Wednesday, February 27, 2008

Resource Management, Post-Apocalypse Style

So suppose—and I’m not trying to get you down here—that an asteroid were to hit the earth, wiping out 90% of known species. (Or, if you prefer, that a combination of deforestation and our fascination with only growing a few key crops achieves the same outcome.) How could we regain our current biodiversity?

In case these kinds of things keep you up at night, you can rest easier thanks to the Svalbard Global Seed Vault that opened yesterday in Arctic Norway. There’s a great blog post about it on the New York Times website. The vault is a step up from existing seed banks, which are threatened by political instability or a lack of funding.

The post points out, though, that a group called has criticized the seed vault. Read their criticism here.

Discussion Questions

1. The post asks, “How much of this intergovernmental work help[s] sustain farming diversity, as opposed to museum-style genetic diversity?” Another way of asking this is as follows: producing food requires land, labor, and capital. The seeds themselves are just part of the equation. What happens if farmers, after hundreds of years of not farming these crops, lose the skills associated with their use? What can be done to preserve knowledge of how to maintain a species that is no longer actively farmed?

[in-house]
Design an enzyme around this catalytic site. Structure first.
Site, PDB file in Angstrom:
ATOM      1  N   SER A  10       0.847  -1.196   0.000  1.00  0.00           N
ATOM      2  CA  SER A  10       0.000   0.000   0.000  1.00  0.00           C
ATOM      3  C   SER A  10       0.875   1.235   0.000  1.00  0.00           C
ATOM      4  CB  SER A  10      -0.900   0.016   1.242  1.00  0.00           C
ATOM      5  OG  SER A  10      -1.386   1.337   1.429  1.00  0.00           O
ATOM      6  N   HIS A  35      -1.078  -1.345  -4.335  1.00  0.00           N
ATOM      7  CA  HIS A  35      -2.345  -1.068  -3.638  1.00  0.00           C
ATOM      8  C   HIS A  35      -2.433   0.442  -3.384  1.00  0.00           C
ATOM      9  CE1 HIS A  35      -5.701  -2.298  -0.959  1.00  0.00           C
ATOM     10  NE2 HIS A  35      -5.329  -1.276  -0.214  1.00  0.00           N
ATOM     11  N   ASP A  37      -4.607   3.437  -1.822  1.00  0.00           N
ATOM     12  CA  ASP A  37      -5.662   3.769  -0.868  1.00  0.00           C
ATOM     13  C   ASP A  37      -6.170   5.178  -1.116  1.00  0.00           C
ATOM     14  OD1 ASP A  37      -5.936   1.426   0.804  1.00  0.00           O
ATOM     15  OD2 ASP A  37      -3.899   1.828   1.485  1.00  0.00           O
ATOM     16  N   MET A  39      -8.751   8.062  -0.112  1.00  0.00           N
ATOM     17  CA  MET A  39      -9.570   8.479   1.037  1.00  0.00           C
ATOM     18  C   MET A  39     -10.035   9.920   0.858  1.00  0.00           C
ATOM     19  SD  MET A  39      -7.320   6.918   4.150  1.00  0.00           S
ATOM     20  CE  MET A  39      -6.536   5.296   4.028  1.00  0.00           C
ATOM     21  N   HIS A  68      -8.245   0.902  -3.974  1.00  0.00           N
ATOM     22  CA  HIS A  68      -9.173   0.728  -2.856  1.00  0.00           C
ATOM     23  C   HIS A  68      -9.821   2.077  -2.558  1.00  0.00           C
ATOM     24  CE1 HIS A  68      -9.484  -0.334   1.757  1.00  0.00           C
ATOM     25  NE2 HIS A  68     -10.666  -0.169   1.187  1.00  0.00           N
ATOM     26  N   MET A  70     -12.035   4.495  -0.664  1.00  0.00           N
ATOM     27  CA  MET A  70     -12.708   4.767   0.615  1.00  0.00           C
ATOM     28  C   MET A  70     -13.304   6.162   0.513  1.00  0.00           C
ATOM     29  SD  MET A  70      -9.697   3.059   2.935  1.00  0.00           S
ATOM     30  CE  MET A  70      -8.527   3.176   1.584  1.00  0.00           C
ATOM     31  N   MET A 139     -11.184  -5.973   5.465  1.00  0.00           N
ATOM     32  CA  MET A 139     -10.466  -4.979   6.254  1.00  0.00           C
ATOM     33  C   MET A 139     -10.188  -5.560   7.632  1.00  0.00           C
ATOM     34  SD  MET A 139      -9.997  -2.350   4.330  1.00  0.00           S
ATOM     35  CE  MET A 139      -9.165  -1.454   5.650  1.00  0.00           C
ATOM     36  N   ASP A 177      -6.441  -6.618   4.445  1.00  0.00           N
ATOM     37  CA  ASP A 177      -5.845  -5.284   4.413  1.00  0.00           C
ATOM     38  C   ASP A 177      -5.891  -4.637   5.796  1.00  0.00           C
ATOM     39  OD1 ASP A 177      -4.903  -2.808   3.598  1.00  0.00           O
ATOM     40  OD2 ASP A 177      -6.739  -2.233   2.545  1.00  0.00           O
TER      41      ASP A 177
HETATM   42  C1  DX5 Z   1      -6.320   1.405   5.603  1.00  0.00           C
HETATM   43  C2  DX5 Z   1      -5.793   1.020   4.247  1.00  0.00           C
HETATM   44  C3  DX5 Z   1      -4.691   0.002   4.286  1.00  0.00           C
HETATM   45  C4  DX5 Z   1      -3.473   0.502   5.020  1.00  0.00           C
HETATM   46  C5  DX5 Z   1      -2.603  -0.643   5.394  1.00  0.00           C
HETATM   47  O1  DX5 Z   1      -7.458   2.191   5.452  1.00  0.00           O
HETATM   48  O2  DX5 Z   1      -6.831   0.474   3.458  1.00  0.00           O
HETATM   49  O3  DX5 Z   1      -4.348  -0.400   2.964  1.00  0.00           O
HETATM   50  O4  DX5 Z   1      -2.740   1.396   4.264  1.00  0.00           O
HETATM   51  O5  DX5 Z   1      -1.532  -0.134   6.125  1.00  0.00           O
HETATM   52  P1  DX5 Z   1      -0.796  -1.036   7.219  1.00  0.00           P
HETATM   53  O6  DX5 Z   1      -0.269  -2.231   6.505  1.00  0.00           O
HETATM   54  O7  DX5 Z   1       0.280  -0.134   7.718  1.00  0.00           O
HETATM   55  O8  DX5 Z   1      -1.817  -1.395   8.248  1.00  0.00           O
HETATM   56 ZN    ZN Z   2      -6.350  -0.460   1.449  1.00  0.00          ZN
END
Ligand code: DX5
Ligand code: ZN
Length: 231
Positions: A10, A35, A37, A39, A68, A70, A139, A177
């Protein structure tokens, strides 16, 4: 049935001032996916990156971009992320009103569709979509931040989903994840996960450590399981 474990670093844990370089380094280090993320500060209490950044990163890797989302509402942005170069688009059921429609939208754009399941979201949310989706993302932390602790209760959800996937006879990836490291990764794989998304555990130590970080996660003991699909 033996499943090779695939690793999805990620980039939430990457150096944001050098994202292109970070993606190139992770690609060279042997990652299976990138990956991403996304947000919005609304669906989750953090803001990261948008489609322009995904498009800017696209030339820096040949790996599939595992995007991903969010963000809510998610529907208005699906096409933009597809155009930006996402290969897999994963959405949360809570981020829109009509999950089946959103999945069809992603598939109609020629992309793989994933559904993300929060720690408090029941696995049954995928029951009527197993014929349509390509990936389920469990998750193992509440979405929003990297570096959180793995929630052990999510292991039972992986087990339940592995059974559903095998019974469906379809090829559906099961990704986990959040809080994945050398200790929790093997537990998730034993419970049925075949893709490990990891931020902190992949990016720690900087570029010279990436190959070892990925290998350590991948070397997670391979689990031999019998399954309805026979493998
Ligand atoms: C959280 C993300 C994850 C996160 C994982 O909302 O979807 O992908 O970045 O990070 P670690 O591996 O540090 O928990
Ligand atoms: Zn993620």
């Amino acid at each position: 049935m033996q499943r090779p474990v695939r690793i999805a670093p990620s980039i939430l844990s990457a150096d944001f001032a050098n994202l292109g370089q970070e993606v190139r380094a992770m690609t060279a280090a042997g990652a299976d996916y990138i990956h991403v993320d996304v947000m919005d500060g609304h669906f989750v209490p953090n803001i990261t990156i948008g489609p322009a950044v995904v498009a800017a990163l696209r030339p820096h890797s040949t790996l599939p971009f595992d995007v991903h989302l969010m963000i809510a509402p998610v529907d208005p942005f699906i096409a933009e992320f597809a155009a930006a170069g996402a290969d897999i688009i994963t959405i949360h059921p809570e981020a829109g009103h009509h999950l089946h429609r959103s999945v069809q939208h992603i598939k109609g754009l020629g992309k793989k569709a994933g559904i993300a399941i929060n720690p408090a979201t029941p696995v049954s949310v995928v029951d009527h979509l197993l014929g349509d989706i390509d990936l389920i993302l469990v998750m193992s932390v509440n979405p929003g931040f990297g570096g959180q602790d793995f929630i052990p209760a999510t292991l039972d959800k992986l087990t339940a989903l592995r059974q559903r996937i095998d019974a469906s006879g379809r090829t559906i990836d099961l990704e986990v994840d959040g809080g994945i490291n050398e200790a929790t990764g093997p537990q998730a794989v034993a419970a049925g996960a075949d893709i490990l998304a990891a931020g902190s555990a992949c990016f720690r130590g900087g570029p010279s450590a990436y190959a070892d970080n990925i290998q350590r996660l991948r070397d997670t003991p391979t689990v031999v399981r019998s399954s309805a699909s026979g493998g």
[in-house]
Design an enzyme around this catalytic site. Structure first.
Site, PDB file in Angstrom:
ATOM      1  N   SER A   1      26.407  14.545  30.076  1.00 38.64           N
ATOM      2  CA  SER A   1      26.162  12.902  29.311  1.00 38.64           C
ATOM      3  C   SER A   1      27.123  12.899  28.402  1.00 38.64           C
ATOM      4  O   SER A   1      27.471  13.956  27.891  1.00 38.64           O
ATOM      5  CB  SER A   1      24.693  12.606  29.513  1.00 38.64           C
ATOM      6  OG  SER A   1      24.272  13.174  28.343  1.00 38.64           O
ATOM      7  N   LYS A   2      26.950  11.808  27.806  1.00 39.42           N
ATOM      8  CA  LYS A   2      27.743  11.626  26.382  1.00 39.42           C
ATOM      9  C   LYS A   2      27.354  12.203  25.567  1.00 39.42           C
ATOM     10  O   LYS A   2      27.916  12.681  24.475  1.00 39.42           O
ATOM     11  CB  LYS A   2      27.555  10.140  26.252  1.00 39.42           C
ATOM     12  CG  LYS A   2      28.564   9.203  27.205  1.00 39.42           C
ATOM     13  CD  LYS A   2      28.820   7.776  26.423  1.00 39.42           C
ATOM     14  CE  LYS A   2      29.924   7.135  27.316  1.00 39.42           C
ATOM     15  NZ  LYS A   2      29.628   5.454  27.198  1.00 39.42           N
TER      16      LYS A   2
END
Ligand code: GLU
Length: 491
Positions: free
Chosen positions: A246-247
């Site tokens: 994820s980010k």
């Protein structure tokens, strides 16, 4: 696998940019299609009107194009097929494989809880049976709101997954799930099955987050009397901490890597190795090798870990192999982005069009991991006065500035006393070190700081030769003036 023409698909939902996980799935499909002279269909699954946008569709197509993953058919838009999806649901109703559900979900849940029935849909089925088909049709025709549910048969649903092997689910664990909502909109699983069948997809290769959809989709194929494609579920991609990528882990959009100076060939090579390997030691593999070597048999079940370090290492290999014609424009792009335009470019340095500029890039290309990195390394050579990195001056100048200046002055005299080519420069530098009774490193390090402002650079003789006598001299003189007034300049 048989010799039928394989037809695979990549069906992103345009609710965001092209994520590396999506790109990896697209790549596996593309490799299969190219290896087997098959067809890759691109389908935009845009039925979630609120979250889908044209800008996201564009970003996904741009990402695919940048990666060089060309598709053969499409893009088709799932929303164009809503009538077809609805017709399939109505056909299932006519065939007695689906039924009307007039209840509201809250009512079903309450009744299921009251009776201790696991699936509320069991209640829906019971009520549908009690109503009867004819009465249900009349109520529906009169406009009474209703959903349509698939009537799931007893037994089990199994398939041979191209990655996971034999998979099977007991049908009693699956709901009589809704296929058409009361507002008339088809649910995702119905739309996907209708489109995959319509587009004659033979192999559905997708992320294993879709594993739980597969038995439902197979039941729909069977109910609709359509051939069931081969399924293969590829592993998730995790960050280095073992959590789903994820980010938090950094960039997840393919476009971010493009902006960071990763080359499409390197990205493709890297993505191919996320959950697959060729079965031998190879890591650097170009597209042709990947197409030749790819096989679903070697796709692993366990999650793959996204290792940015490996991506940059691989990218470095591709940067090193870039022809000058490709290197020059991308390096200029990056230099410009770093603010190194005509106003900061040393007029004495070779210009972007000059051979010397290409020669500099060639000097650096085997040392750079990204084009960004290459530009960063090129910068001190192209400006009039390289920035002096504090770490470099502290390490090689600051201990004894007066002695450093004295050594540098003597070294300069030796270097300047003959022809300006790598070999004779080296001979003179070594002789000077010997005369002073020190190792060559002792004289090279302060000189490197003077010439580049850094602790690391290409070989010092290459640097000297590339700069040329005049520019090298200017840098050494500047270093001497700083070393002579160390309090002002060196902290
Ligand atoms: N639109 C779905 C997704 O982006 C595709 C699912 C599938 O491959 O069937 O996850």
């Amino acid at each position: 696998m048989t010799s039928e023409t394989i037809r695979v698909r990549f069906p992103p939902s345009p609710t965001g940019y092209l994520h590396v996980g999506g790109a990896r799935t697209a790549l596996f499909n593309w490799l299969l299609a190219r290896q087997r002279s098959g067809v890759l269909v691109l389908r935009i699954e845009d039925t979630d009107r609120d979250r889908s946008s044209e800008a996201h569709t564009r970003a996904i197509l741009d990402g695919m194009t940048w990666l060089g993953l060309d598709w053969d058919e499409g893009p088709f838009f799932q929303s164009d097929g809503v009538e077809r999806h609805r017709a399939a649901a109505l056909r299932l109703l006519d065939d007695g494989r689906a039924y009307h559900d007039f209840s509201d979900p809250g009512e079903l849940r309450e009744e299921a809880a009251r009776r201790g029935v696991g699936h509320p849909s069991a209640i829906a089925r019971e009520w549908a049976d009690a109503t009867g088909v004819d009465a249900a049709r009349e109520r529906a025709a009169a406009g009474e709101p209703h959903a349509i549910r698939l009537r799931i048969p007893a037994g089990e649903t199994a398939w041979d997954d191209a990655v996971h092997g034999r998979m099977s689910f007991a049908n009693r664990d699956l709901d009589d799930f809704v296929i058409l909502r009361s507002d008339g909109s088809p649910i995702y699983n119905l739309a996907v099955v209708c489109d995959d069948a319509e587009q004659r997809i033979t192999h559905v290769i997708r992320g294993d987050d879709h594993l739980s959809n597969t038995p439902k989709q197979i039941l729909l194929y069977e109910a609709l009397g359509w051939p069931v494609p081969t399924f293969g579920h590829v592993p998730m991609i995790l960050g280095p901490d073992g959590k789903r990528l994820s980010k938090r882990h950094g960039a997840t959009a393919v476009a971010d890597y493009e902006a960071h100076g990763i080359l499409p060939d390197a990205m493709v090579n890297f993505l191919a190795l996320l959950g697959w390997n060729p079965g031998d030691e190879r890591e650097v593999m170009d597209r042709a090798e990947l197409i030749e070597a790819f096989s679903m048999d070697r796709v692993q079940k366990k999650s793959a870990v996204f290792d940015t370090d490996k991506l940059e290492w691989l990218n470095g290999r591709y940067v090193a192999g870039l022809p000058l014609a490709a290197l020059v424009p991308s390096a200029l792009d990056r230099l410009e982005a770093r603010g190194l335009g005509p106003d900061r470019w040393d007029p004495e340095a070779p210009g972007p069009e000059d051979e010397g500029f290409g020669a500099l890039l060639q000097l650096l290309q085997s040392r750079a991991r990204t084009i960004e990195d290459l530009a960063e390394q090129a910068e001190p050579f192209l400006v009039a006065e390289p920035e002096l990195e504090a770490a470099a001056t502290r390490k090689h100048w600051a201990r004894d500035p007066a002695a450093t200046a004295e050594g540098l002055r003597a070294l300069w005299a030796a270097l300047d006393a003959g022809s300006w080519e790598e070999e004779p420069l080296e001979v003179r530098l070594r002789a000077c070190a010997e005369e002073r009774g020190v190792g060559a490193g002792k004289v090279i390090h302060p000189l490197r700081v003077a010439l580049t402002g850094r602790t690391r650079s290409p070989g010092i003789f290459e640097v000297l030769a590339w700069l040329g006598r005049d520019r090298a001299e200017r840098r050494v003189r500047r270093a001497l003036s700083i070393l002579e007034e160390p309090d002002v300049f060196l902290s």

2. The seed vault acts as a centralized mechanism, much like a kidney donor list, that describes who is entitled to the seeds in the vault and under what circumstances. How does that mechanism compare to a market mechanism? Is it true, as argues, that the wrong stakeholders are given priority in this system? What rights do (and should) farmers have, as opposed to governments?

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